Location: Ulaanbaatar, Mongolia, 11/08
Randomly Appropriate Music: Black Wave/Bad Vibrations by Arcade Fire (although The Black Angel’s Death Song by the The Velvet Underground & Nico made a strong charge as I recalled the sense of confusion, the wounded pride of it all)
Would that man steal from you? I doubt it…
But he might.
My last post on Mongolia aimed for poetry: the stark beauty and isolation of Ulaanbaatar. This post is slightly more practical. I’ll wrap up next week with some stories from outside the capitol city, which in my mind is the only reason to go to Mongolia in the first place (a fact sadly lost on one my favorite bloggers, Chris Guillebeau, in his Art of Non-Conformity post, Misadventures in Mongolia).
Obviously, you clicked on this post because you want to ensure that next time you go abroad, you’ll be one of the lucky few to be pick-pocketed. Sounds easy, right? Not so fast! To ensure you get the proper treatment from a pick-pocket, who ideally takes not only of your cash but also valuable credit cards, tickets, and identification documents, careful planning is required. You really need to stand out and make yourself an ideal target.
Follow these simple steps, and I promise you, you too will have your pocket picked!
Step 1: Go somewhere dangerous and/or crowded
It is a sunny day in November.
I am in a market in Ulaanbaatar.
I see a man, eyes rolled back into his head, drunk. His face creased with labor-darkened skin, he bounces from side to side of a wide promenade. Obstacles—a small girl, a lamppost, a pothole, a table—confuse him. He tries to hold onto an idea: forward. Keep moving forward, and it will be alright.
I watch as the promenade narrows and he becomes trapped, a pinball between a pile of packing crates and a table of household supplies. The packing crates are impenetrable, and he turns, leaning his arm for balance on the back of a young Mongolian buying dish soap.
With his left hand, the young man swiftly brushes the drunk back. A foot of space emerges between them, and the young man cracks the drunk squarely on the jaw with his right hand, the creased face, now faced down, darkened with the mud of a muddy walkway.
They touched for three seconds, maybe less. The young man did not hesitate. I would have.
The crowd passes around the drunk like a rushing herd swallowing a downed animal. He is crippled but conscious, now another obstacle on the long walk home.
Welcome to Naran Tuul khudaldaany Tov. The Black Market.
Step 2: Be overconfident/ignore warning signs
Allow me to tell you how I got here.
Ulaanbaatar’s Black Market (also known as Khar Zakh) is ominously named and about as scary as you’d expect. It’s located well outside the city center, two bus connections away from any quaint charm that Ulaanbaatar might possess in its crumbling concrete walls.
Like many unique foreign locations, it’s absolutely enormous yet hard to find.
Disregarding warnings, I decide to take the bus instead of a taxi.
For anyone who has never taken a bus in a foreign country, let alone Mongolia, let me cut to the chase: yes, buses are that bad.
There are a few public transportation experiences that stick out in my mind for all the wrong reasons: the time I showed up at the wrong airport in Turkey and had to take a $65 crosstown taxi; the subway in Bucharest without maps or announcements (an English speaking local confided in me, “I have no idea where we’re going, I’m lost, too!”); the time I got trapped underneath Tokyo for two hours with a vicious hangover and a persistent “haven’t I seen this before?” feeling about the subway system that bordered on the dreamlike.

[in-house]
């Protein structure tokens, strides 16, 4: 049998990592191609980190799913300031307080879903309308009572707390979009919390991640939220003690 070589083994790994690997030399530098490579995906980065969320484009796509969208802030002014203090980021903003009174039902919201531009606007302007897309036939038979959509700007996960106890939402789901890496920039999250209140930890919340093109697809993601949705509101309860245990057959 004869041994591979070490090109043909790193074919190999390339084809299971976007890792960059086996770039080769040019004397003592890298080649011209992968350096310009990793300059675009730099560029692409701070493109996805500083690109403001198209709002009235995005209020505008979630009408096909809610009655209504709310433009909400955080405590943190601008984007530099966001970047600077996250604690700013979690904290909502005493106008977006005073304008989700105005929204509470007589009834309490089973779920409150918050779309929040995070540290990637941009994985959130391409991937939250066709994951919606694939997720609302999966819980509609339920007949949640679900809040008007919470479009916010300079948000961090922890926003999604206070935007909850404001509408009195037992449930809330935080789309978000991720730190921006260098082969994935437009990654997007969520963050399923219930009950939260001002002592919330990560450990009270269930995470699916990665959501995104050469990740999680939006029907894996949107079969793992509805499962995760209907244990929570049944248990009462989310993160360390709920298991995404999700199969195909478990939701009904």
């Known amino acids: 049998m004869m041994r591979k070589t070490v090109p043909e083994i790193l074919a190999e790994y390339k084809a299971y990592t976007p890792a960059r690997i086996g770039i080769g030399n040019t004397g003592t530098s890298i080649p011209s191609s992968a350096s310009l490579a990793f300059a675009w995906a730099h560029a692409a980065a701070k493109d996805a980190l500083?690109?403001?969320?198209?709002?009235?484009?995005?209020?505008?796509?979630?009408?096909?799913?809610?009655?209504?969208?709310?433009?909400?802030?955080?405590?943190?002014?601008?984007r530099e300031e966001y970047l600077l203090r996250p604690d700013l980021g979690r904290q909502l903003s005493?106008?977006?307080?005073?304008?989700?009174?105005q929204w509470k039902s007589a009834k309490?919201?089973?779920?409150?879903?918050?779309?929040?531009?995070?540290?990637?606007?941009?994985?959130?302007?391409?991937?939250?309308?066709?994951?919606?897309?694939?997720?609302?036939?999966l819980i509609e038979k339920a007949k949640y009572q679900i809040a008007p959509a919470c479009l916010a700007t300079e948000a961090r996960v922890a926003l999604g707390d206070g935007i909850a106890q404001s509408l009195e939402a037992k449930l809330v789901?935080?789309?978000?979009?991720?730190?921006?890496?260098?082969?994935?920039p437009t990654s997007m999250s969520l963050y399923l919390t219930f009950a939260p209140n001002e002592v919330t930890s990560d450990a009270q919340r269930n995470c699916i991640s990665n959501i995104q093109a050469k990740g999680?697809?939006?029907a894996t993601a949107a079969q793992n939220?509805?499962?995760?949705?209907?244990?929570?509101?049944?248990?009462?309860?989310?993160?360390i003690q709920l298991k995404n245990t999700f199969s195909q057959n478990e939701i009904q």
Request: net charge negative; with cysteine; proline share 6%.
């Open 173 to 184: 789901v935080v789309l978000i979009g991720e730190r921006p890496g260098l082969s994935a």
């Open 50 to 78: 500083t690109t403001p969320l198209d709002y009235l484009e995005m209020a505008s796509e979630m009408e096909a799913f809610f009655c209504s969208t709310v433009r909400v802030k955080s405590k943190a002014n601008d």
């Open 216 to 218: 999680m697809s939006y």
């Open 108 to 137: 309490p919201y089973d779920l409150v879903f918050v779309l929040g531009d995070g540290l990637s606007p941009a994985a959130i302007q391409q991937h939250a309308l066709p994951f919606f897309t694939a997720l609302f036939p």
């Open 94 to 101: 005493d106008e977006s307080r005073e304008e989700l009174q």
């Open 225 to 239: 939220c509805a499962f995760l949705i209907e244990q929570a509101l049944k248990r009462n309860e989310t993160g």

Buses, however are always the worst. They are cramped, and it’s impossible to figure out where you are without asking or guessing (which have a roughly equal success rate of about 4%). Unlike American buses, where you enter in the front in a roughly orderly fashion, most foreign buses employ a tout, allowing you to enter any way you can (including the roof rate for the so-called Chicken Buses of Guatemala). The tout squeezes through the bus, selling tickets and making change, somehow keeping track of who has already paid at each new stop.
Every time the bus comes to a rest, you feverishly duck your head, scanning for landmarks. You talk to the driver or the tout, and hope that they will care for you (or at least understand you). You shoot off boldly into the unknown, anxious for much of the ride, hoping that the unmarked vehicle you stepped into will honor the route on the fading bus stop sign and deliver you to your destination.
As the ancient diesel workhorses of Mongolia’s public transport system expel their passengers into the dirt cul-de-sac, you wonder, “Where am I? Why am I in a dirt cul-de-sac on the edge of town? Shouldn’t the largest market in the entire country be slightly easier to find?”
People rush in all directions. Their body language tells you: anywhere is better than here.
I spy a teenage girl, any seasoned traveler’s most likely bet for directions in English.
I try a family, an older man, a middle aged woman.
I am beginning to think I have once again set sail on a lonely sea of missed directions and hours lost. A man in a suit approaches me, mud caked to his brown leather shoes. “You want Khar Zakh? You want market?
“Yes. I want market.”